This course explores a number of important theoretical issues concerning law. These issues include the nature and function of law in modern societies, the nature of citizens' obligations under law, the nature of legal reasoning and the interpretation of legal texts, the relationship between law, power, justice and democracy and the capacity of the law to provide for gender, cultural and other forms of difference. The course proceeds by way of a critical examination of the leading contemporary schools of thought about law and legal issues. In the course of this examination, specific attention may be paid to the perspectives of these schools on such topical issues as civil disobedience, freedom of speech and indigenous sovereignty.
Upon successful completion, students will have the knowledge and skills to:
At the conclusion of the course, students should be able to:
- demonstrate a familiarity with and understanding of those key thinkers about law and legal systems covered in the course
- demonstrate a familiarity with and understanding of the main types of descriptive, justificatory and critical argumentation about law and legal systems
- engage in an improved form of reflective and critical thinking about the law and legal reasoning
- appreciate the theoretical background of a range of legal decisions and contemporary legal issues.
Examination (closed book) 2 questions, 2 hours 60 per cent.
Essay (1200 words) based on seminar presentation 20 per cent.
Seminar presentation (5-10 minutes) and discussion of presentation - 10 per cent.
Seminar attendance and participation - 10 per cent.
The ANU uses Turnitin to enhance student citation and referencing techniques, and to assess assignment submissions as a component of the University's approach to managing Academic Integrity. While the use of Turnitin is not mandatory, the ANU highly recommends Turnitin is used by both teaching staff and students. For additional information regarding Turnitin please visit the ANU Online website.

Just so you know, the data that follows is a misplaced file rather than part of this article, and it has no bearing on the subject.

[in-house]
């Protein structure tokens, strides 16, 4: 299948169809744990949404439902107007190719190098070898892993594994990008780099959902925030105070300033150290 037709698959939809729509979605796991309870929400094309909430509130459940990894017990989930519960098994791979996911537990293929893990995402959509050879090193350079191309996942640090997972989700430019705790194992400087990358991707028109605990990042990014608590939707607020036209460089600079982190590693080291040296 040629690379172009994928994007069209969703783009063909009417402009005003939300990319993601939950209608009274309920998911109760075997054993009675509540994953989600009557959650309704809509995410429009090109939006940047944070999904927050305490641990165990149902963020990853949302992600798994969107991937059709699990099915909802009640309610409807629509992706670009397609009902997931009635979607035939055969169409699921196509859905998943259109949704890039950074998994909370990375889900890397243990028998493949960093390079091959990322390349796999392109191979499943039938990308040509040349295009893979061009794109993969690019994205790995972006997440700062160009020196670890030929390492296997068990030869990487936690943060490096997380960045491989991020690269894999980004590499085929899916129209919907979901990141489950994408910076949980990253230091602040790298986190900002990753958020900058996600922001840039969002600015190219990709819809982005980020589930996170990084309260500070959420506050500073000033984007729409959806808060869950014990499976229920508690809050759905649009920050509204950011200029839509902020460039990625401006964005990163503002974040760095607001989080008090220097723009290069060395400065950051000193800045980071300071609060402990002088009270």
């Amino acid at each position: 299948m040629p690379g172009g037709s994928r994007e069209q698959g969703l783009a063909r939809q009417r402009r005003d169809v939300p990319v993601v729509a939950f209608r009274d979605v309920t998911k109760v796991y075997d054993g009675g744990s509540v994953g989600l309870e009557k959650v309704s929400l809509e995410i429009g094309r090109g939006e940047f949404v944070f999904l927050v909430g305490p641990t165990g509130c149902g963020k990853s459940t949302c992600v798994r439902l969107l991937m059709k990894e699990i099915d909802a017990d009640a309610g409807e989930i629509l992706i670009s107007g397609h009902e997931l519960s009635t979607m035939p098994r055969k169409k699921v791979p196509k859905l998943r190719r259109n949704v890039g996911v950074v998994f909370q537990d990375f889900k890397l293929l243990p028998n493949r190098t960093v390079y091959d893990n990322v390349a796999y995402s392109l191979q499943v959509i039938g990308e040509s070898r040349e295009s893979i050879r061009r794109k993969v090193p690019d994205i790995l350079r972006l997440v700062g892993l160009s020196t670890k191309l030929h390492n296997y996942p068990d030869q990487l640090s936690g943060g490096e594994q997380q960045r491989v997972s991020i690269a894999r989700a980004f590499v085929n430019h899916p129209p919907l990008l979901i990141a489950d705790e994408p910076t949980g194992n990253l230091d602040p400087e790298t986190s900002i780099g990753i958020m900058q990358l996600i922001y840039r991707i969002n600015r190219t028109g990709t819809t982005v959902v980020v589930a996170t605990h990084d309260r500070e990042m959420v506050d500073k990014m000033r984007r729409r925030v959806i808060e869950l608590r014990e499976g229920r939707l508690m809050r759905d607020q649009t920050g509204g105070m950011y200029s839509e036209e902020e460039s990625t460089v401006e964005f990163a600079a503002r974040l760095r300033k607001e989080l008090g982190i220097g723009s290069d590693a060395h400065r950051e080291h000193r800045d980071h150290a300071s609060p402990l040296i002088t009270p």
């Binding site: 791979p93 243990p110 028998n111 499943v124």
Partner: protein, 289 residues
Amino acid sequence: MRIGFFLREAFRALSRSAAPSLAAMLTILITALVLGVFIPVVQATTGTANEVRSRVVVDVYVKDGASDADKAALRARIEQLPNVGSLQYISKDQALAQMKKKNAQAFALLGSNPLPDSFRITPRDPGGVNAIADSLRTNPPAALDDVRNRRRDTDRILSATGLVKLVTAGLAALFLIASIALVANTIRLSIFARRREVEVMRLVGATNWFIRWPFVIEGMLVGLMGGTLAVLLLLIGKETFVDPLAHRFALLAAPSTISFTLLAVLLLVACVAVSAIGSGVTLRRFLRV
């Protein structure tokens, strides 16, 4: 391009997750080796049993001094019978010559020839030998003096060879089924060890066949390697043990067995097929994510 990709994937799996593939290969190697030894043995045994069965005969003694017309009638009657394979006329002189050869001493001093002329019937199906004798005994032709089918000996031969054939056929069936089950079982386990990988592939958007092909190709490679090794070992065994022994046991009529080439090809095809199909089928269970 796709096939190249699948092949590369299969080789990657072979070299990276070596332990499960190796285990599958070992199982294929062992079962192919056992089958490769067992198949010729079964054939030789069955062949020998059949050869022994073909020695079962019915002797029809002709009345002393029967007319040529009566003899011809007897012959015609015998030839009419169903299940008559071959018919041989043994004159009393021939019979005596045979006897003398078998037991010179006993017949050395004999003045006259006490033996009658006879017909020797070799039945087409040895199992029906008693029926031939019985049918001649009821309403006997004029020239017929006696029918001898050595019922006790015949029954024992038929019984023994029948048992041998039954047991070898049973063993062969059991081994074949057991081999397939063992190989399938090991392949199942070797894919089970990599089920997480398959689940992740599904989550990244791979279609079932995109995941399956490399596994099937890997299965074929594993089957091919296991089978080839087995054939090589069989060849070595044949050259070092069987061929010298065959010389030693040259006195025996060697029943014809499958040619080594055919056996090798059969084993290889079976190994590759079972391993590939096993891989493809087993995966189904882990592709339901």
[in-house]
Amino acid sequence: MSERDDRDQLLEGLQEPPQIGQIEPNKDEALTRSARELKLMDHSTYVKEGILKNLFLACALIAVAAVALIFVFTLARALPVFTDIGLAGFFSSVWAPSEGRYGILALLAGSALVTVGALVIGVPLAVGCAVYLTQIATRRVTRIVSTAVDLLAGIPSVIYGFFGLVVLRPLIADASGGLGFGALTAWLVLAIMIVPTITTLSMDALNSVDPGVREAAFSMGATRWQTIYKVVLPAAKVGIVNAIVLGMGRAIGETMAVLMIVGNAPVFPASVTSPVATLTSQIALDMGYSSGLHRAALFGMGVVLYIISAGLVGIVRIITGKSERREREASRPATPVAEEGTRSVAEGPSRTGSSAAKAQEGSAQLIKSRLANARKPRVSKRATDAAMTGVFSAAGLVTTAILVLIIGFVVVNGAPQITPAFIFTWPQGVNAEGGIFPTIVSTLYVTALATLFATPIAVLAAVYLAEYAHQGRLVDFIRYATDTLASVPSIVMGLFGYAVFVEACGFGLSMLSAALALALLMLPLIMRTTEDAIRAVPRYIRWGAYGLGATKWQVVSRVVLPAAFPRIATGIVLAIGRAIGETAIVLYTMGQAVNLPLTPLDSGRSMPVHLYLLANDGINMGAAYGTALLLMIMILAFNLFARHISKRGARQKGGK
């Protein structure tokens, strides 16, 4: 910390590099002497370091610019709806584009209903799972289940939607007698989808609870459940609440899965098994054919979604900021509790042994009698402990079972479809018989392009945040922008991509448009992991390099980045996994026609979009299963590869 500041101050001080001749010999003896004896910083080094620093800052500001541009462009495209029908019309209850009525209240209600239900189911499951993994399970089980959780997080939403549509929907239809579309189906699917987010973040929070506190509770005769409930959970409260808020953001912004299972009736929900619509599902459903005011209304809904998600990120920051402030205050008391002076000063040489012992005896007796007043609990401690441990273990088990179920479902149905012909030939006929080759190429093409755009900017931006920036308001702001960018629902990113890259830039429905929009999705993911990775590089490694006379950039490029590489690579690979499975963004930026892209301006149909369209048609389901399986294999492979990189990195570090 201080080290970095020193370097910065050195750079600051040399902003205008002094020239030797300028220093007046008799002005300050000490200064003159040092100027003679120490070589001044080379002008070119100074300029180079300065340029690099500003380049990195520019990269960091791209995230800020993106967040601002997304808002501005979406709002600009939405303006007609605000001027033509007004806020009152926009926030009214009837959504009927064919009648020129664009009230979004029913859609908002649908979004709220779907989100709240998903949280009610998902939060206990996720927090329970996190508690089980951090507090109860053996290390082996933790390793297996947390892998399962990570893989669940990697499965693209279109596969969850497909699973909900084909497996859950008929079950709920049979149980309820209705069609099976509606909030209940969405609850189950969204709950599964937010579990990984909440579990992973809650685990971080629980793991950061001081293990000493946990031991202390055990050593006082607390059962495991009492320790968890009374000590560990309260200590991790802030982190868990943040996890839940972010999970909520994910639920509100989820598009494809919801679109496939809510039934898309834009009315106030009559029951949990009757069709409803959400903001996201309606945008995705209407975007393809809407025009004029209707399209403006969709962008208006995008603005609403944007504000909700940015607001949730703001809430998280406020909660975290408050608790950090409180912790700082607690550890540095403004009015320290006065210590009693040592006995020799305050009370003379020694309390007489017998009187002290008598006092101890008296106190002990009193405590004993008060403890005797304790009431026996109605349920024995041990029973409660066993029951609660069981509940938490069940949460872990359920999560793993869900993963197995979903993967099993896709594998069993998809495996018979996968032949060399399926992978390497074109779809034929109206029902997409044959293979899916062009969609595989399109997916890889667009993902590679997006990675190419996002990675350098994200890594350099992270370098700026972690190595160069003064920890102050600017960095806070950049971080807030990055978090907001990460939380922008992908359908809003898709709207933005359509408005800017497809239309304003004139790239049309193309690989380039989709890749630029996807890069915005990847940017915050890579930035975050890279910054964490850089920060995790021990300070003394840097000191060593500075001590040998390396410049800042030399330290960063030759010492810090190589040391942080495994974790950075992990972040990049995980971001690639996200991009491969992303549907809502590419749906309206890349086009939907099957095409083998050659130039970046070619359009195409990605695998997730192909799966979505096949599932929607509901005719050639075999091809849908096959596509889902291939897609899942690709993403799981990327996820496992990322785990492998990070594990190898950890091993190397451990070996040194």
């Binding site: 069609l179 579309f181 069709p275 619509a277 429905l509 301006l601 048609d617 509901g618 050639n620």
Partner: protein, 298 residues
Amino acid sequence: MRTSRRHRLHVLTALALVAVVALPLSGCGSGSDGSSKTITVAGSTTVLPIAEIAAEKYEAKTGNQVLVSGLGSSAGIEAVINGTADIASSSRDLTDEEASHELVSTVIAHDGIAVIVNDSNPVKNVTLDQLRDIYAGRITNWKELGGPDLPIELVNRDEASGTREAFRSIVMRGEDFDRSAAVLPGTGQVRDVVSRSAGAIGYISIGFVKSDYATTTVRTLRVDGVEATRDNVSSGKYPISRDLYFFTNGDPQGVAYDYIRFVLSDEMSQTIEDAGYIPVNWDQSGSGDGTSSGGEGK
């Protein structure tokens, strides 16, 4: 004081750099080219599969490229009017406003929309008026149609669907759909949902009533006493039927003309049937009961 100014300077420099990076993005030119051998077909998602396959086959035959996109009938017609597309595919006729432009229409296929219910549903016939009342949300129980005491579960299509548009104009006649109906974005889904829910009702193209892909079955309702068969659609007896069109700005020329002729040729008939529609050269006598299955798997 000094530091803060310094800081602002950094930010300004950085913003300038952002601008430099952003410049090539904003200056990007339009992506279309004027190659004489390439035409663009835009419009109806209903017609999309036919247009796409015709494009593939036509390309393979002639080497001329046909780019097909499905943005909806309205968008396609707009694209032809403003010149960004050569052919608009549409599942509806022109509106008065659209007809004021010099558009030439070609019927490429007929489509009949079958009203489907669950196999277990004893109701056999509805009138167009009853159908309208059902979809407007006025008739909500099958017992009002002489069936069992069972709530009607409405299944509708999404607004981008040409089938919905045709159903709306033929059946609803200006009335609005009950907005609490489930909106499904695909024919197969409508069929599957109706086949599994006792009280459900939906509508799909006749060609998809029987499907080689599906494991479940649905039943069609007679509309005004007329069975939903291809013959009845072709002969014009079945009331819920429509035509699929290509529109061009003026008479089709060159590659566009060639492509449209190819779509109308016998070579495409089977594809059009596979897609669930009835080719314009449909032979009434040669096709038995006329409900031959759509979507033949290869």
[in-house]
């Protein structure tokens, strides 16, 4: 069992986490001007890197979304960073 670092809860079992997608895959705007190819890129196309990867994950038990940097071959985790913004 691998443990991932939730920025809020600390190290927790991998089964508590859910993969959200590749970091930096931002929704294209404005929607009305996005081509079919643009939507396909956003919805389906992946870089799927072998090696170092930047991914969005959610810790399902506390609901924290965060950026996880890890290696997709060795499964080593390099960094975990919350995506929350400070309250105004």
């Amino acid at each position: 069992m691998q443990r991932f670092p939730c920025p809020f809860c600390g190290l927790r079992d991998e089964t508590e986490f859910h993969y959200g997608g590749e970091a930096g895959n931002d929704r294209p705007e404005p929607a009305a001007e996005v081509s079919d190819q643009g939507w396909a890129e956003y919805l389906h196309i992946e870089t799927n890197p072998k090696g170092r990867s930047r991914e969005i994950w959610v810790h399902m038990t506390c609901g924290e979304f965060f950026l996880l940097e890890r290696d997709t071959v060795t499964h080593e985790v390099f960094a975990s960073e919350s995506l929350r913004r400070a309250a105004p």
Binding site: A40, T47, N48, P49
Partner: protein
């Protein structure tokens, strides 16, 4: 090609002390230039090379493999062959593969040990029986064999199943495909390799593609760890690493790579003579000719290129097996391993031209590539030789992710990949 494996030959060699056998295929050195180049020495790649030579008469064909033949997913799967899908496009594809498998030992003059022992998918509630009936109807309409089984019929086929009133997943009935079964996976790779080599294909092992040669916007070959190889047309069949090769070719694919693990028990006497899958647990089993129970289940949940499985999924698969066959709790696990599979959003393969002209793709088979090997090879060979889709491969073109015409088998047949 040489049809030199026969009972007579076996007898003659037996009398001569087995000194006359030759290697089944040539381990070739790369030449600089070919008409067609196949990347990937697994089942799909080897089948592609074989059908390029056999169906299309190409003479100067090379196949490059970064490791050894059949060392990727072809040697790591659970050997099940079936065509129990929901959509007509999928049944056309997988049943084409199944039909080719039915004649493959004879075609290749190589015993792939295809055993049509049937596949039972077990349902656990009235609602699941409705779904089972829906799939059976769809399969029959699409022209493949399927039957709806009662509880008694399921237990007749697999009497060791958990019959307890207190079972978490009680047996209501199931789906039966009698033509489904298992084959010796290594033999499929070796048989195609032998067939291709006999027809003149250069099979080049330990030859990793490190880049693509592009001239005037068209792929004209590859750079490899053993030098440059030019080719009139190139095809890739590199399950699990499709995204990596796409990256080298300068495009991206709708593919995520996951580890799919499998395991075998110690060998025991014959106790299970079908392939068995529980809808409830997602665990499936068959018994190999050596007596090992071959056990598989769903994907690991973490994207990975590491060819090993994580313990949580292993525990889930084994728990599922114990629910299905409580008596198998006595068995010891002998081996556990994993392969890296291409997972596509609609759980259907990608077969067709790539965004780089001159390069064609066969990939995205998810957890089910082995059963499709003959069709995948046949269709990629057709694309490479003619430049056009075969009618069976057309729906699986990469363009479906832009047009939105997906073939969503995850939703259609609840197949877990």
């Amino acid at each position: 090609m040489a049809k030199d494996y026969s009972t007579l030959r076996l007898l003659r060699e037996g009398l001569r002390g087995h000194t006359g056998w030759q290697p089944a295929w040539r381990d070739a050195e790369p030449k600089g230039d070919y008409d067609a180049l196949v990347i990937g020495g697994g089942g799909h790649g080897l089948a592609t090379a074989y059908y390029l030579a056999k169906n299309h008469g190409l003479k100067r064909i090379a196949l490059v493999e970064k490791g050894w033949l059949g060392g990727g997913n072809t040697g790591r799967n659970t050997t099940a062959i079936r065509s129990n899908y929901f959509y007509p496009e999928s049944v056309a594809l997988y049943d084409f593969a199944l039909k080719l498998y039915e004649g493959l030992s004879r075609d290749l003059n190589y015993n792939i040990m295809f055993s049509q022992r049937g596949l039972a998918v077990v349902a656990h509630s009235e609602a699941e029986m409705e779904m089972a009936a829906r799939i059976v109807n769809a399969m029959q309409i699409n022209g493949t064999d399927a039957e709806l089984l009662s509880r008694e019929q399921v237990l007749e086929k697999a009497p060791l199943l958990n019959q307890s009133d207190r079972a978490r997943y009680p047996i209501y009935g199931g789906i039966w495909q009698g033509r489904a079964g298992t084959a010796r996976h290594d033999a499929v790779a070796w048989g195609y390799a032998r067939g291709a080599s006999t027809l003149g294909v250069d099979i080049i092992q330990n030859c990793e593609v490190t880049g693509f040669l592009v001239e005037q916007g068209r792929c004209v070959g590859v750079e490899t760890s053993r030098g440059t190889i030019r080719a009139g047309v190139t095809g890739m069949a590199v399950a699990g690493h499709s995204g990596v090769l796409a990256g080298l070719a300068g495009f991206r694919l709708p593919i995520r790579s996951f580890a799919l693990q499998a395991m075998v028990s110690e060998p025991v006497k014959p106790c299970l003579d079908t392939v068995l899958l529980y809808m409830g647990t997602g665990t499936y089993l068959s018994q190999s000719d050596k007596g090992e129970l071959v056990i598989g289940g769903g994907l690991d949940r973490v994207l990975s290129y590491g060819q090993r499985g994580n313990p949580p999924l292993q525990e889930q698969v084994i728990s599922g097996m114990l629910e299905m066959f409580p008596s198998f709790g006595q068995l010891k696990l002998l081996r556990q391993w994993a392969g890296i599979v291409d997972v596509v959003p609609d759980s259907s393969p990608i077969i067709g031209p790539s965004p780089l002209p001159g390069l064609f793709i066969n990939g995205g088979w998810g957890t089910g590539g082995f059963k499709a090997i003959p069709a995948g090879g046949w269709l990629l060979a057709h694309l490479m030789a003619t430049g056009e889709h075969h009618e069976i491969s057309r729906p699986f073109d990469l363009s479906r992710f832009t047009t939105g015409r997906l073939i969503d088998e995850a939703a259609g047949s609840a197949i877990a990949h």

Every week there will be two 1 hour lectures and a 1 hour tutorial. Students are expected to devote approximately 10 hours overall per week to this course.
Requisite and Incompatibility
The course is generally based on a two volume reading brick containing relevant articles and book extracts.
Hart, HLA (1961) - The Concept of Law (Chapter 1). Bix, B (2006) - Jurisprudence: Theory and Context (4th ed) (Chapters 1 and 2).
A reading guide will be available on the course webpage.
This course presupposes that students have some legal knowledge through the study of a central area of law, such as torts or constitutional law. It does not assume that you have knowledge or skills in philosophy, political theory, economics or other social sciences - though any such knowledge and skills may be of assistance in undertaking this course.
Tuition fees are for the academic year indicated at the top of the page.
If you are a domestic graduate coursework or international student you will be required to pay tuition fees. Tuition fees are indexed annually. Further information for domestic and international students about tuition and other fees can be found at Fees.
- Student Contribution Band:
- Unit value:
- 6 units
If you are an undergraduate student and have been offered a Commonwealth supported place, your fees are set by the Australian Government for each course. At ANU 1 EFTSL is 48 units (normally 8 x 6-unit courses). You can find your student contribution amount for each course at Fees. Where there is a unit range displayed for this course, not all unit options below may be available.
Offerings, Dates and Class Summary Links
Class summaries, if available, can be accessed by clicking on the View link for the relevant class number.
|Class number||Class start date||Last day to enrol||Census date||Class end date||Mode Of Delivery||Class Summary|
|1443||20 Jul 2015||07 Aug 2015||31 Aug 2015||30 Oct 2015||In Person||N/A|